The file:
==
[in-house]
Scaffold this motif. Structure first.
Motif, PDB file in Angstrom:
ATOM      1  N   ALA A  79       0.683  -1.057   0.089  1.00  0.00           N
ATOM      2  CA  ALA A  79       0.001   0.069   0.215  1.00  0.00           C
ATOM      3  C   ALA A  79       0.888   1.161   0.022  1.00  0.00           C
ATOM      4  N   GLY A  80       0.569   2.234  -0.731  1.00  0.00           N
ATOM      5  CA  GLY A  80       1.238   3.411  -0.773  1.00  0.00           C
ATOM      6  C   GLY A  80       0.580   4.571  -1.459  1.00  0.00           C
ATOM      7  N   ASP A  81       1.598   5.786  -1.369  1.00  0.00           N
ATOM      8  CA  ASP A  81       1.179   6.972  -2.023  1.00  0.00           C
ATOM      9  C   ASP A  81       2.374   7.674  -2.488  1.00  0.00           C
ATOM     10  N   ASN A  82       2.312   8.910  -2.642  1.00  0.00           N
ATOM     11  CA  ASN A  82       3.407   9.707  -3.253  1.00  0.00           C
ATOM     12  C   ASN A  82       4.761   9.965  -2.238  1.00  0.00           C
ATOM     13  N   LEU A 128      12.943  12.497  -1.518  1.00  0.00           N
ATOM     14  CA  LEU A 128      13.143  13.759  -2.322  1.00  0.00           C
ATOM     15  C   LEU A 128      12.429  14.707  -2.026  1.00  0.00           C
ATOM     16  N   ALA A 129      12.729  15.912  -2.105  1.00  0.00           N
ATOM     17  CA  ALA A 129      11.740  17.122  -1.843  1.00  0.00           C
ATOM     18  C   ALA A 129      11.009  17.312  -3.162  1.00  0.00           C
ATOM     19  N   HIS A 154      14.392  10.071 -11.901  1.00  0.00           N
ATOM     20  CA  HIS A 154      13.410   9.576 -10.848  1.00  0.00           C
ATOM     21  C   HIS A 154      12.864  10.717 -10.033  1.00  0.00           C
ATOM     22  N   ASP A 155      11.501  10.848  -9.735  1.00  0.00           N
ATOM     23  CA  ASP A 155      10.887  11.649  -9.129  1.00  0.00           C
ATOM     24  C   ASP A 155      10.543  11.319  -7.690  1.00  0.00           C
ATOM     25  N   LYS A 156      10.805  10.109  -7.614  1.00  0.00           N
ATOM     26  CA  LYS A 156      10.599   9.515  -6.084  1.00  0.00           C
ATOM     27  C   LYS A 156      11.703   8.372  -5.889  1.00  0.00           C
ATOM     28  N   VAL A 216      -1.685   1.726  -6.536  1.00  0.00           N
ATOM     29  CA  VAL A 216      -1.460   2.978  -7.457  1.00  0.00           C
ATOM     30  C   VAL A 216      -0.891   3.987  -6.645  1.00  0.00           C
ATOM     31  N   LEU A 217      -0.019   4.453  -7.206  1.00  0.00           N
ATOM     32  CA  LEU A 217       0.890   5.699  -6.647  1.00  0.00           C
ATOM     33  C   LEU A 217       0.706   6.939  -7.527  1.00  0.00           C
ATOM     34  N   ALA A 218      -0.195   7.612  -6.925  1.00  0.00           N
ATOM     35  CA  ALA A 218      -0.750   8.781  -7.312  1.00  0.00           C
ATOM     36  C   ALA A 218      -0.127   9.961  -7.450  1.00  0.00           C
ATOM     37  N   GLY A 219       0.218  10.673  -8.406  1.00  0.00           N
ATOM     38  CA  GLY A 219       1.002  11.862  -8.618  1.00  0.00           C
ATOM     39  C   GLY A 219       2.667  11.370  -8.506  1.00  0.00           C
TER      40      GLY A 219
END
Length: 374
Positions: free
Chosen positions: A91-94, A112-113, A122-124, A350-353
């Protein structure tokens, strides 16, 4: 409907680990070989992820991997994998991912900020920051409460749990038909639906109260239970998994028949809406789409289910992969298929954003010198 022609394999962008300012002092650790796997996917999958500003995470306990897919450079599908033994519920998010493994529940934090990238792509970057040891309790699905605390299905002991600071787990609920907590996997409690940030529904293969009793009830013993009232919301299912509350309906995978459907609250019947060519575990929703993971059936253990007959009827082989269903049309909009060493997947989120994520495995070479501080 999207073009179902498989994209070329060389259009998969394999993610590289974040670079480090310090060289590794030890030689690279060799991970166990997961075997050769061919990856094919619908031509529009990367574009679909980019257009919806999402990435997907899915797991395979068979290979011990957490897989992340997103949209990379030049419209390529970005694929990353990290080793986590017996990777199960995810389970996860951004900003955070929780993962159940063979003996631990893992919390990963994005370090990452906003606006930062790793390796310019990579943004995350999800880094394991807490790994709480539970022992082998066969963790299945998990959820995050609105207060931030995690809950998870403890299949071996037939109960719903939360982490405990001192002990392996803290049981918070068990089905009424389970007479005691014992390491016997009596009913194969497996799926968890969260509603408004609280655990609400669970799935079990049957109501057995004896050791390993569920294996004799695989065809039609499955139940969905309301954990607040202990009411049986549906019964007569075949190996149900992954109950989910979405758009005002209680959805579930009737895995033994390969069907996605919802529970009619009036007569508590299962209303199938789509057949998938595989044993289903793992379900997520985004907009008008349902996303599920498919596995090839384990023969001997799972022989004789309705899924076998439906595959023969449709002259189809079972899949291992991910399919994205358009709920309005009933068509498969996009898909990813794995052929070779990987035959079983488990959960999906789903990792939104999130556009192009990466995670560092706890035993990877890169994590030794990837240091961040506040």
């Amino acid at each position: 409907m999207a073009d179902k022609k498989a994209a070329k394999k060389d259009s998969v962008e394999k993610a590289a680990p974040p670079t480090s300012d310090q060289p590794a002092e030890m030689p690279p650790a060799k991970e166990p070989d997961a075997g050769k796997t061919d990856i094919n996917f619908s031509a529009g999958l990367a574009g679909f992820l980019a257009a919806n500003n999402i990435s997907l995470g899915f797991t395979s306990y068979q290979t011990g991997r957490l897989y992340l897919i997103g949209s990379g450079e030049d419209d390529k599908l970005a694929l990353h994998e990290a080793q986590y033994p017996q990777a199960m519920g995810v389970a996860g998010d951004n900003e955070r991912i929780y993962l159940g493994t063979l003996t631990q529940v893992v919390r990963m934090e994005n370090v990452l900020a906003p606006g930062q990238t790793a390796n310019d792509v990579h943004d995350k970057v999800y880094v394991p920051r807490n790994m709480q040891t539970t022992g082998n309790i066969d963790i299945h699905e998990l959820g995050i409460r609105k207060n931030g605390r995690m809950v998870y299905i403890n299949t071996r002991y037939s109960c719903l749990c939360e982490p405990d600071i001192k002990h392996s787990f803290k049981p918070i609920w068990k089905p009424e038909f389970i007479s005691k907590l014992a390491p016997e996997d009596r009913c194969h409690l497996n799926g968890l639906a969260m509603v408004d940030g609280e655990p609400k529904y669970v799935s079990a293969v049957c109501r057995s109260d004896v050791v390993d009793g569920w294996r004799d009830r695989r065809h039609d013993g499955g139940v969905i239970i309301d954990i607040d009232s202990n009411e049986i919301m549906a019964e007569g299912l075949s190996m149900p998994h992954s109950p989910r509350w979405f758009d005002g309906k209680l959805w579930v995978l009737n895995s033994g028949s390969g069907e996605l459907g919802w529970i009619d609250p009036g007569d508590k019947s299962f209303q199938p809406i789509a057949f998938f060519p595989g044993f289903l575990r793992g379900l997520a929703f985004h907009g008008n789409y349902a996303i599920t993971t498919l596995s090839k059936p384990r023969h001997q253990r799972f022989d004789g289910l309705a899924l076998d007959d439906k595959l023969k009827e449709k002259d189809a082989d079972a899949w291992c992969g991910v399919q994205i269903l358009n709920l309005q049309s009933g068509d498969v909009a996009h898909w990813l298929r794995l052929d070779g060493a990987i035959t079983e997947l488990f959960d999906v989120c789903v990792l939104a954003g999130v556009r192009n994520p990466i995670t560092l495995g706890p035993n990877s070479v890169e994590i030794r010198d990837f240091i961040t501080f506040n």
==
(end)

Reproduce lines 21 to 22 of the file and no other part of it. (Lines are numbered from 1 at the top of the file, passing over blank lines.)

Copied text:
ATOM     18  C   ALA A 129      11.009  17.312  -3.162  1.00  0.00           C
ATOM     19  N   HIS A 154      14.392  10.071 -11.901  1.00  0.00           N